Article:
The Arsenal Supporters’ Trust has published the results of its second annual survey with the findings candidly reflecting the frustrations of another season without silverware at the Emirates.
The questionnaire, which covered a broad range of club policy issues from ownership structure to on-field playing philosophy, was sent to all of the Trust’s 850 members at the end of the season with 45% returning it before the allotted deadline.
For an organisation devoted to safeguarding supporter involvement in decision making at Arsenal, concerns about the manner in which Stan Kroenke intends to run the club following his takeover are noticeably reflected in the responses.
96% of AST members made clear they are keen to see the American improve his communication with fans while also wanting to see him outline his ambition for the club and the methods he intends to use to achieve them. 78% also felt that Kroenke Sports Enterprises should be more transparent in publicising how it raised the finance to purchase the club.
Having secured a 64% stake in the club Kroenke holds more than double the number of shares accumulated by Russian oligarch Alisher Usmanov. However, despite the latter reaching a 29% shareholding in Arsenal he has yet to be offered a place on the board of directors. Given the near duopoly in ownership, AST members were asked whether Usmanov’s Red and White Holdings should be given representation in the boardroom. 70% answered in the affirmative, a figure up a staggering 30% from last year.
In part this huge shift is likely to have been influenced by the AST’s desire to see plurality of ownership firmly established, although with 38% of members eager to see financial investment by the club’s two major shareholders it hints that the Russian’s increased popularity could be down to his huge wealth and the prospect of Arsene Wenger being able to use a handout to strengthen his squad.
Having not won a trophy since 2005, AST members were asked whether they would like to see the long-standing Arsenal fan and close confidante of Arsene Wenger, David Dein, reinstated to a football-related position at the Emirates.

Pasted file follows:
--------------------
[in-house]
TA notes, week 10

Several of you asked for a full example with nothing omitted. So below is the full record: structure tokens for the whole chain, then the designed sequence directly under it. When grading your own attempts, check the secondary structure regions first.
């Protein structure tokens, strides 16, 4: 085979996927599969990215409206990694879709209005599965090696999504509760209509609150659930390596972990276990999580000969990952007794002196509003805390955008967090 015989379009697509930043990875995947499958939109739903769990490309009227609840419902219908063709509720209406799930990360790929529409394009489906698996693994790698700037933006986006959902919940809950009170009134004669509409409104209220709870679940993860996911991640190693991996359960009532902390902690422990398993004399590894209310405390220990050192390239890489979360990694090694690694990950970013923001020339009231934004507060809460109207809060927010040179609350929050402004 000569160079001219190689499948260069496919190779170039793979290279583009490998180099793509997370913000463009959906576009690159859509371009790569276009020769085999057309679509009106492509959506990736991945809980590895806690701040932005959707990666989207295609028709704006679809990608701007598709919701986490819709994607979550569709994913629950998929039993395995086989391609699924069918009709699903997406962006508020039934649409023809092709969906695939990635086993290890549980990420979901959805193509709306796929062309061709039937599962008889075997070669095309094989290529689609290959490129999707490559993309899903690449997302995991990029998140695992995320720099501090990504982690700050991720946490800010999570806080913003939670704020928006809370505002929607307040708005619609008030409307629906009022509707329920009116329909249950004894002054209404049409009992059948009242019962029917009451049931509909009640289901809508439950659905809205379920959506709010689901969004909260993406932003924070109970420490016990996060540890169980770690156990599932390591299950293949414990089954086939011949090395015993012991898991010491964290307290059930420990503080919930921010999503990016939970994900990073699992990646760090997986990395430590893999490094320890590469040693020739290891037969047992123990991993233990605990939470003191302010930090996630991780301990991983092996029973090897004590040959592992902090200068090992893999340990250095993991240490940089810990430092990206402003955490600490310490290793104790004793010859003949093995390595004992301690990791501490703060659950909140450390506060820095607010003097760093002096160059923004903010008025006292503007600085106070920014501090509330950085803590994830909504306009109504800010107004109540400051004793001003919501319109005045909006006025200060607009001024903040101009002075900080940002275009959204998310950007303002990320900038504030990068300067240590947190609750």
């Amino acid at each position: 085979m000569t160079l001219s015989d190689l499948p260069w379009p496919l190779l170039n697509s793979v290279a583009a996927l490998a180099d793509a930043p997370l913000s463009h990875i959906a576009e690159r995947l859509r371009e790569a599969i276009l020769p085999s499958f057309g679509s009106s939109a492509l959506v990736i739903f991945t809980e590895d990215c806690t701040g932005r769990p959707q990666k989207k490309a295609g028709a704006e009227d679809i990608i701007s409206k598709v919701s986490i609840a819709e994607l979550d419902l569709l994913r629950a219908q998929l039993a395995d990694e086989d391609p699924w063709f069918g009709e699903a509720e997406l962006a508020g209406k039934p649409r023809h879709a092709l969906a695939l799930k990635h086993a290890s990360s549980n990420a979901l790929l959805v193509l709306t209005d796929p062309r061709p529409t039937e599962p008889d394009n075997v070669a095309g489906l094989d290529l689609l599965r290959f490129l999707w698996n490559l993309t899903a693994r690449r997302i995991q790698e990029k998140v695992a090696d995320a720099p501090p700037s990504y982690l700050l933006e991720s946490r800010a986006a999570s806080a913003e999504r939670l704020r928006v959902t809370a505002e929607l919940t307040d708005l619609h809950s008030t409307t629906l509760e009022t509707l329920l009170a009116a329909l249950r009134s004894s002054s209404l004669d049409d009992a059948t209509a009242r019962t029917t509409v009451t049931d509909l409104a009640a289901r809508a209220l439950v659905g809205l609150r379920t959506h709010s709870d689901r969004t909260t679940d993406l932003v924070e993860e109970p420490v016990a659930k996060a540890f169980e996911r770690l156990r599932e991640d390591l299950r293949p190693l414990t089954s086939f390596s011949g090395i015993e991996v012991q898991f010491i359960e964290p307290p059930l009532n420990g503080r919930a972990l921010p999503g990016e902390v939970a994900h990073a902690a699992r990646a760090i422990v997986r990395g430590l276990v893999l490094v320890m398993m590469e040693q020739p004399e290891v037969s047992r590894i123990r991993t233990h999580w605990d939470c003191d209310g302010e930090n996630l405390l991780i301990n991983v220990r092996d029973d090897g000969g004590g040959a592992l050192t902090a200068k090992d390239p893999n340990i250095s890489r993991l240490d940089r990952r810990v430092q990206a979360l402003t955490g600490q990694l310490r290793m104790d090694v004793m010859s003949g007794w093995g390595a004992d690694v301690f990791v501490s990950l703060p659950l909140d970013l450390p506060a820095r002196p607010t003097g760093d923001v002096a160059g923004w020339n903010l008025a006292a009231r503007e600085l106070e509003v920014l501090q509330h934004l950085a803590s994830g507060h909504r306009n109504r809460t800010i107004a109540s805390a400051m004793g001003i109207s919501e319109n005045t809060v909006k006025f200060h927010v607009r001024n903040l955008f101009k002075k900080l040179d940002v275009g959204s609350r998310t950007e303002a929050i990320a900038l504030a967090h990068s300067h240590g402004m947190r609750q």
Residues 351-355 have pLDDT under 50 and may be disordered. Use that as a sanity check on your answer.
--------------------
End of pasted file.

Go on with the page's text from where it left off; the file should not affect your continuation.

69% of respondents confirmed that they would like to see Dein back, although the 17% who rejected the idea did so citing the reasons behind his initial dismissal while also hinting that it was time for current CEO Ivan Gazidis to take on more responsibility in man managing Arsene Wenger’s affairs. Members were not polled on whether or not they would like someone other than Dein to be appointed to a similar position.
Supporter disappointment in the Arsenal squad’s failure to end the trophy drought also shines through in the results of the questionnaire.
In 2010 when asked to measure their approval of the recent success of Arsene Wenger’s side, 50% responded that they were satisfied, 29% slightly satisfied and 11% unsatisfied. After another collapse in the final third of the season including a last minute defeat in the Carling Cup final and a slip to fourth place in the Premier League only 22% felt satisfied at the end of the 2011 season, while 39% felt slightly satisfied. Most worryingly 37% of AST members made clear they were unsatisfied with performance on the pitch.
Asked if the board should reconsider its confidence in Wenger if the club fails to win any trophies next season, 42% stated ‘yes’ and 40% ‘no’. 18% of respondents ticked the ‘don’t know’ option indicating a tear between appreciating Arsene Wenger’s achievements at the club and a fear that he may not be able to restore the club to the top of the Premier League.
Looking ahead to the future, only 8% of respondents felt extremely optimistic about the future performance of the team on the pitch (down from 26% ahead of the 2010/11 season), 35 % remained optimistic, 26% unsure, 20% somewhat pessimistic and 11% pessimistic (up 10% from this time last year).
The full survey can be downloaded here.
The two main shareholders should work together. Minority shareholders and Fanshare members should be retained and AFC could develop a model of ownership that other clubs would aspire to.
On balance, I would have preferred Red & White to take over as I believe Usmanov is an Arsenal supporter so his agenda may not be solely based on profit
Give Kroenke the benefit of the doubt. A ‘self-glorifying fan’ owner would not be desirable and he seems to have a good track record
The question is, if Red & White were on the Board would this be constructive? The signs are that the difference in approach might cause disharmony
Wenger needs to accept that he has taken on too much. Be brave and accept that help is needed
I am mystified by the players’ lack of motivation in the closing stages of the season when so much was within their grasp
I love Wenger’s football philosophy; it is truly magnificent and has given me great pleasure. My only criticism is that the team needs some experienced players, especially defensively
It’s difficult to criticise Wenger or his great record but he has not strengthened the team with key players. What is needed is the Board to include someone who understands football – someone like David Dein
I would like an explanation of the last 5-6 years of underperformance and whether there was money for big signings or not and how much the exit of Dein was a factor
I do not think Dein has some magic touch – he served the club well in his time but things have moved on now and Gazidis seems to fulfil much of his former role with considerable expertise